the size of its Trauma Bay, where the most response to a mass casualty. Electrical power
urgent patients are treated. and gas lines for medical equipment will be only Level One Trauma
installed in the ceiling, where they will be out Center, contact Thomas
Originally built more than 25 years ago, the of the way when not in use, but immediately Bolick, director, Orlando
Trauma Bay at Orlando Health ORMC was available should the need arise.
designed to treat 1,000 patients a year. Today, Health Foundation at
that number has increased to more than The renovation also will provide more privacy 321.841.5194 or
5,100 trauma patients annually. An increase in at the ambulance entrance and upgrade the [email protected]
trauma patients, coupled with needs identified communications technology within staff
in the aftermath of the Pulse tragedy, meeting rooms and the Incident Command OrlandoHealth.com.
are driving the Trauma Bay’s
expansion plans. Center where disasters
ChooseHealth 30 OrlandoHealth.com/ChooseHealth
Arnold Palmer Hospital Services —
Expanding Into Your Community
By Lisa Nickchen, Editorial Contributor
For nearly 30 years, Orlando Health Brought to you by:
Arnold Palmer Hospital for Children
has been caring for Central Florida’s
kids. Now this trusted name in
children’s health care is further
extending its reach, bringing new
and enhanced care options closer
to where patients live.
“We’re taking the great work we do here at the hospital and
moving it further into our communities,” says Cary D’Ortona,
chief operating officer of Orlando Health Arnold Palmer.
“That includes our primary care network of pediatricians and
specialist satellite offices as well as our renowned emergency
care. And they’re all backed by the strength of the Orlando
Health Arnold Palmer standard of care.”
All part of the same healthcare family, the pediatric
specialists of Orlando Health Arnold Palmer work
hand-in-hand supporting the providers at Orlando
Health Physician Associates’ 22 pediatric primary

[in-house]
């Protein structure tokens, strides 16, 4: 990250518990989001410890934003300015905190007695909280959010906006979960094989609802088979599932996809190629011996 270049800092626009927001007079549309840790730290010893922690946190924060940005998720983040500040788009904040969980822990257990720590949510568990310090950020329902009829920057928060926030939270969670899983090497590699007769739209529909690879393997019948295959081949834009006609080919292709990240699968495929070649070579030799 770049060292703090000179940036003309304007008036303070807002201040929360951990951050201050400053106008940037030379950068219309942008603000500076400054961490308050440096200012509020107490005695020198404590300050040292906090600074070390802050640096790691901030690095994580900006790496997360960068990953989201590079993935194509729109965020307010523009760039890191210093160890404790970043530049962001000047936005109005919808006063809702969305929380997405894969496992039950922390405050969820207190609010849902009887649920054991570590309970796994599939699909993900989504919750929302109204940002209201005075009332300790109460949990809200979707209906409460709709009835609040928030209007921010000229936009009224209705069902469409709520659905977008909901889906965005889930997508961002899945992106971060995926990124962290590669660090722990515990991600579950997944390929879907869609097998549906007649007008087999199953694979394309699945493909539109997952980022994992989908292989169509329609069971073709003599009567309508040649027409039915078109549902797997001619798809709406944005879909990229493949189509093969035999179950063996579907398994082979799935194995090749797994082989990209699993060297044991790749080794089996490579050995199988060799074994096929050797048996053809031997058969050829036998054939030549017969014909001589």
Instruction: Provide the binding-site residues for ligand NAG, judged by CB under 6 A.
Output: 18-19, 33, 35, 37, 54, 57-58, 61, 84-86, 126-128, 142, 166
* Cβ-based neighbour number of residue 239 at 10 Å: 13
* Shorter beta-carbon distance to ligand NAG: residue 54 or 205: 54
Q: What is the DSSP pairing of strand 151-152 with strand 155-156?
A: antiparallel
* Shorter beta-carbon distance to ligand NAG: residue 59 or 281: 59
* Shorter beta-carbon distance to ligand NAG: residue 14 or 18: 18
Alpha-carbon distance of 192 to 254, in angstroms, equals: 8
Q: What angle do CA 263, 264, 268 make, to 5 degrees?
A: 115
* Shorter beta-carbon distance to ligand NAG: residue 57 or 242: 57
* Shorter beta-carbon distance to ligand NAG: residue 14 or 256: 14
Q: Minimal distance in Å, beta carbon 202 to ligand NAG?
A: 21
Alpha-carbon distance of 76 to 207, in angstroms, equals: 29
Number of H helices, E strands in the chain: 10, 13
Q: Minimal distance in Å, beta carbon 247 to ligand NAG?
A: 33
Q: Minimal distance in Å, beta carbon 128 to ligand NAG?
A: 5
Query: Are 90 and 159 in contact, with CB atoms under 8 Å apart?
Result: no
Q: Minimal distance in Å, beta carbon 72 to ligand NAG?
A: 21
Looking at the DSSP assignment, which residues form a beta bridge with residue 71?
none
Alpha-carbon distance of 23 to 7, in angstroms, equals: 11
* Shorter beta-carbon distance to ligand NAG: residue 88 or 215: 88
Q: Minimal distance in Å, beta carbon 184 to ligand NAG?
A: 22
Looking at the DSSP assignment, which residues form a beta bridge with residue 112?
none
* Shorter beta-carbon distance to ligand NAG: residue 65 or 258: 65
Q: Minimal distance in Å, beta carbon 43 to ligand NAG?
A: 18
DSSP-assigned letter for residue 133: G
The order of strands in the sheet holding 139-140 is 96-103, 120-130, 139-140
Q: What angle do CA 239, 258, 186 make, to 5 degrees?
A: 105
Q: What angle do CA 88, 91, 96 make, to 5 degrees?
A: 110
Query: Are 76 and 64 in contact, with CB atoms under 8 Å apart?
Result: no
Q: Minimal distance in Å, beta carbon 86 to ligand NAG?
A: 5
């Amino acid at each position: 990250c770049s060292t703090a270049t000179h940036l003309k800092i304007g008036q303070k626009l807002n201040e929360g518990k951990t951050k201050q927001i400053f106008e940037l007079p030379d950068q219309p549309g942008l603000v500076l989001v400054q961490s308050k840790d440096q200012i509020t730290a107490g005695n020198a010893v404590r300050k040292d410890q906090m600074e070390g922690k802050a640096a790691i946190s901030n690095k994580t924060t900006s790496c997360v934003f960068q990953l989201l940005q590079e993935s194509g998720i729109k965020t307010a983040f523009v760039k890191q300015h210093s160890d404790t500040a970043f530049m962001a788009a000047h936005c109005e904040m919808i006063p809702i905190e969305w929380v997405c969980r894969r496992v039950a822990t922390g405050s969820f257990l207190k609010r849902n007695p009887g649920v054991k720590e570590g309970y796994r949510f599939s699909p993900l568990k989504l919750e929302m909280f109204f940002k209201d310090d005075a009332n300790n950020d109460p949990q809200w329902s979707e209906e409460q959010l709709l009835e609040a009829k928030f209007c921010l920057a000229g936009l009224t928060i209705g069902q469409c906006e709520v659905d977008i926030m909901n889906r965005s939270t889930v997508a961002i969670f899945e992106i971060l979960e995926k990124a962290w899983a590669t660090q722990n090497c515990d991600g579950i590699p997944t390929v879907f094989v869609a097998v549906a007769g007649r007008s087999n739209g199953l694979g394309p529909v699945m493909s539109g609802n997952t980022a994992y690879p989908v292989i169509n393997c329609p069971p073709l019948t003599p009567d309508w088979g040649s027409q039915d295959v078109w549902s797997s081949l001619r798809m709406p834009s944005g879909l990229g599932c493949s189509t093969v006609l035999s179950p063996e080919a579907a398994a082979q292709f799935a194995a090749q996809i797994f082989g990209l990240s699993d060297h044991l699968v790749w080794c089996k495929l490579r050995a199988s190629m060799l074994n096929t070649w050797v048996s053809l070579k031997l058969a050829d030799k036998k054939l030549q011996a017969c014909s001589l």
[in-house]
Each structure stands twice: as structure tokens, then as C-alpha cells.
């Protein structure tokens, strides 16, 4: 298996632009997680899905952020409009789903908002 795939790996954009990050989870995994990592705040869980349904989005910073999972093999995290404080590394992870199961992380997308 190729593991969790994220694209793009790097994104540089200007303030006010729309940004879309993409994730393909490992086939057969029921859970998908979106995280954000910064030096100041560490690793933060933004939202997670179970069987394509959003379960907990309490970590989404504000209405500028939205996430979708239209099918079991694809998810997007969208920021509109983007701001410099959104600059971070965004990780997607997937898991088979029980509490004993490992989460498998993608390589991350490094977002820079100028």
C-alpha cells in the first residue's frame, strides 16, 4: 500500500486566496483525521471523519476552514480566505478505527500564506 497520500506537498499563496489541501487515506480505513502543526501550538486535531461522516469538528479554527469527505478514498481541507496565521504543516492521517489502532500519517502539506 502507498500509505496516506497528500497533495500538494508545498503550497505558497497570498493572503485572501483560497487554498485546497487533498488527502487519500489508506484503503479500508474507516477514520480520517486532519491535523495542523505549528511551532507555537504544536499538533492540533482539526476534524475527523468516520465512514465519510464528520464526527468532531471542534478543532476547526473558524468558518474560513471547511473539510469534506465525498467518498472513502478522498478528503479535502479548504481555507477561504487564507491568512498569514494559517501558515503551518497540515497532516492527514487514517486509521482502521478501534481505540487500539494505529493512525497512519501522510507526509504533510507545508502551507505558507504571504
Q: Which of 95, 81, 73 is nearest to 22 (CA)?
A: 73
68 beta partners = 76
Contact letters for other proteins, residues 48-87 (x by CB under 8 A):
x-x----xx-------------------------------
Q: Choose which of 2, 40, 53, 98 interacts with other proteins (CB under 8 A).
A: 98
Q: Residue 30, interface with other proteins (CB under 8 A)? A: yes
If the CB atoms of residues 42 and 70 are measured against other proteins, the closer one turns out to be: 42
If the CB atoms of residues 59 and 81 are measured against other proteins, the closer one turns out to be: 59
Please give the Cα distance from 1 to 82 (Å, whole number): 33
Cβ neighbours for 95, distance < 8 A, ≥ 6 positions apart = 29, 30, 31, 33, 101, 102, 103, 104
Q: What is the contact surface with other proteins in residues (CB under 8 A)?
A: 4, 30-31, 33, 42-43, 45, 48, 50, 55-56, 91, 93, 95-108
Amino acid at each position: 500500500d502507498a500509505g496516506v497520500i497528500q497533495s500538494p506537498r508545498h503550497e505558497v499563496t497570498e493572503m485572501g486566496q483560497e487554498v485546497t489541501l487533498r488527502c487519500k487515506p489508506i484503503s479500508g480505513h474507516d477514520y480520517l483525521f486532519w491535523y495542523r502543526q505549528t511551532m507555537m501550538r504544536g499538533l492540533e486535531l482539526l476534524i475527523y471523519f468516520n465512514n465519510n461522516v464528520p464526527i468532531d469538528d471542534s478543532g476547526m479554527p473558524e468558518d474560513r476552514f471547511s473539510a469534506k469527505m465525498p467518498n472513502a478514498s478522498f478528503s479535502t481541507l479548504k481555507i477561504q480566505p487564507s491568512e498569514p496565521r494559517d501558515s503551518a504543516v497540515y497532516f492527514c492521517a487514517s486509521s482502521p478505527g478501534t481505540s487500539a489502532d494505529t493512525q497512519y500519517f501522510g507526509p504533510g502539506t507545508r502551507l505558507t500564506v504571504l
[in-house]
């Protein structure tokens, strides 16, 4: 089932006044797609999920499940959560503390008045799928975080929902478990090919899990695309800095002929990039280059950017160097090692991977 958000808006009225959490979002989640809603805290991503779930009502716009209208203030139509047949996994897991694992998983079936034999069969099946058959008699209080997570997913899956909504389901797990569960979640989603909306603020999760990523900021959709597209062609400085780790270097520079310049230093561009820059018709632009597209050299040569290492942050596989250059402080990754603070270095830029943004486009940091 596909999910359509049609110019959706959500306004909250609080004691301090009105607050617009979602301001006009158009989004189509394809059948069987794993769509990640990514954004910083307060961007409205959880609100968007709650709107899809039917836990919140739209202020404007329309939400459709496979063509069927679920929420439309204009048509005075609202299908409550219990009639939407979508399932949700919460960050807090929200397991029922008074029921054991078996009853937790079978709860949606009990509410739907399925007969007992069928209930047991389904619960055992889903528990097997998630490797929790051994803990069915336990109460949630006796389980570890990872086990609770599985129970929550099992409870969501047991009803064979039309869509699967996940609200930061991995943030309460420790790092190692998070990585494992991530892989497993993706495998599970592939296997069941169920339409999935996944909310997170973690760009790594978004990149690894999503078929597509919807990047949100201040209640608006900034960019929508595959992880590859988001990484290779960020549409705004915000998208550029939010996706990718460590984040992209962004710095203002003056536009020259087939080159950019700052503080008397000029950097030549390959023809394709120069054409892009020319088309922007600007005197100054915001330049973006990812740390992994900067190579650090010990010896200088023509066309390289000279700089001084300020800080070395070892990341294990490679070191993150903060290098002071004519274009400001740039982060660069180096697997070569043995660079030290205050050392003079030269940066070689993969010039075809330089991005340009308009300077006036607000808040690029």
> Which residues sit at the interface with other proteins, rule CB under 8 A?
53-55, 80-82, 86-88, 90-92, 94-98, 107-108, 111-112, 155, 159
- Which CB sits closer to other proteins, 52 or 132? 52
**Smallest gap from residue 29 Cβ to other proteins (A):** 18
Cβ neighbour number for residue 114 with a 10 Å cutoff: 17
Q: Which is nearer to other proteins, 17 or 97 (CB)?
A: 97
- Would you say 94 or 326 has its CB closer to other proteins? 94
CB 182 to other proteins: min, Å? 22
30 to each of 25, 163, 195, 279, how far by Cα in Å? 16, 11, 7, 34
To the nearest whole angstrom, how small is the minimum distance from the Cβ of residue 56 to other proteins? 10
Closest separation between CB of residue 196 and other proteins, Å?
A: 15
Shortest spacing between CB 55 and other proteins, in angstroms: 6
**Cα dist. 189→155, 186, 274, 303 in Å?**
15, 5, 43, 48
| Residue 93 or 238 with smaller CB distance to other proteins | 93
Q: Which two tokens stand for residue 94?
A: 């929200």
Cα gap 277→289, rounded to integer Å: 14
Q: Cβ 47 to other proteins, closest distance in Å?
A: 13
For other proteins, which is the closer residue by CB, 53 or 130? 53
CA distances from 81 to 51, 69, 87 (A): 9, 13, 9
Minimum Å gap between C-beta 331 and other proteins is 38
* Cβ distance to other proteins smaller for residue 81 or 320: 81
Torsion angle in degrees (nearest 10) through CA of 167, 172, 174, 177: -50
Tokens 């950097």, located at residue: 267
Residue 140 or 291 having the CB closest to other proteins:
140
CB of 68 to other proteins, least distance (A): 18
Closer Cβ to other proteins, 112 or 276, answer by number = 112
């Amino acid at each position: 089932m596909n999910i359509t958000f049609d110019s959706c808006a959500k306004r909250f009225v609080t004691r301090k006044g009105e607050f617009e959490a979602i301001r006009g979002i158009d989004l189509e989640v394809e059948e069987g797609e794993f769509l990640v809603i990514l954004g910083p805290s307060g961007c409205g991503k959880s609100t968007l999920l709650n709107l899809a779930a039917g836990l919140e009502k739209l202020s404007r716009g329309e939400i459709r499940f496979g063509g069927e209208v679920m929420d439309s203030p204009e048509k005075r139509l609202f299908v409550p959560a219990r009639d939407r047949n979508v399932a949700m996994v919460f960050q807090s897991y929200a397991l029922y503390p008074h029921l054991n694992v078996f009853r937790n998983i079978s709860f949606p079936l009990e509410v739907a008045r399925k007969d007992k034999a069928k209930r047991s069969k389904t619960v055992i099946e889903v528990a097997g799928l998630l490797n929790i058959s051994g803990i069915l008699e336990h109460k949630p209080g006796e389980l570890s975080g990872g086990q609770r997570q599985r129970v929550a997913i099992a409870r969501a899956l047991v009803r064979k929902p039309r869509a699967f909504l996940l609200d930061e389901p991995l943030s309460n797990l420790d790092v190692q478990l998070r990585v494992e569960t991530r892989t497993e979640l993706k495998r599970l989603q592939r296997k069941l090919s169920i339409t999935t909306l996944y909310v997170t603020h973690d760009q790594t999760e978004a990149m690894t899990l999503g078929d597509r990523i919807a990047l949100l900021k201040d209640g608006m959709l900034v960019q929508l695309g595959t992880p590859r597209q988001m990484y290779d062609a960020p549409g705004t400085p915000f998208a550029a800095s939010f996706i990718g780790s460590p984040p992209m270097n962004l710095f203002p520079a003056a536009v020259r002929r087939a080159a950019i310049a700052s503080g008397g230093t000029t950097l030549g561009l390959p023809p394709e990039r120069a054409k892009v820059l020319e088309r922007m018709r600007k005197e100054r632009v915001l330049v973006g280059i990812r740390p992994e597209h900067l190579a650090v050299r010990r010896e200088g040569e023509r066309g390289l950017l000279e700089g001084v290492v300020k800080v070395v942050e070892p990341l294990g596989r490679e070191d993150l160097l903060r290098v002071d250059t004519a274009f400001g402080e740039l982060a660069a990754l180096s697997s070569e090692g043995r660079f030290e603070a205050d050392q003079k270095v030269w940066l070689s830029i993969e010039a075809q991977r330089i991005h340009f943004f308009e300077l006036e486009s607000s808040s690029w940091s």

care practices. “We also are increasing access to
those specialists, with satellite offices expanding into
neighborhood locations, including Maitland, Dr. Phillips,
Summerport and soon the Lake County – Four Corners
area,” adds D’Ortona.
The Orlando Health Arnold Palmer experience also is
reaching into Orlando Health ERs, at both community
hospitals and the freestanding Emergency Rooms that will
begin opening across the region this year. New features here
will include kid-friendly waiting areas and treatment rooms
as well as dedicated pediatric teams delivering the child-
centered care that has made Orlando Health Arnold Palmer
a national leader. Orlando Health Dr. P. Phillips Hospital
will be the first hospital to offer this enhanced pediatric
service later this spring.
O RLA N DO HEA LTH FACI LI TY SPOTLI GHT
Orlando Health South Seminole Hospital
Residents of Seminole County don’t need Orlando Health South Seminole offers Surgeons at Orlando Health South
to go far to find award-winning health care. best-in-class service and technology, Seminole are skilled in the latest
Orlando Health South Seminole Hospital starting with the emergency room. procedures, including robotic and robotic-
has earned three consecutive “A” safety Convenient online ER scheduling is assisted surgery, known for greater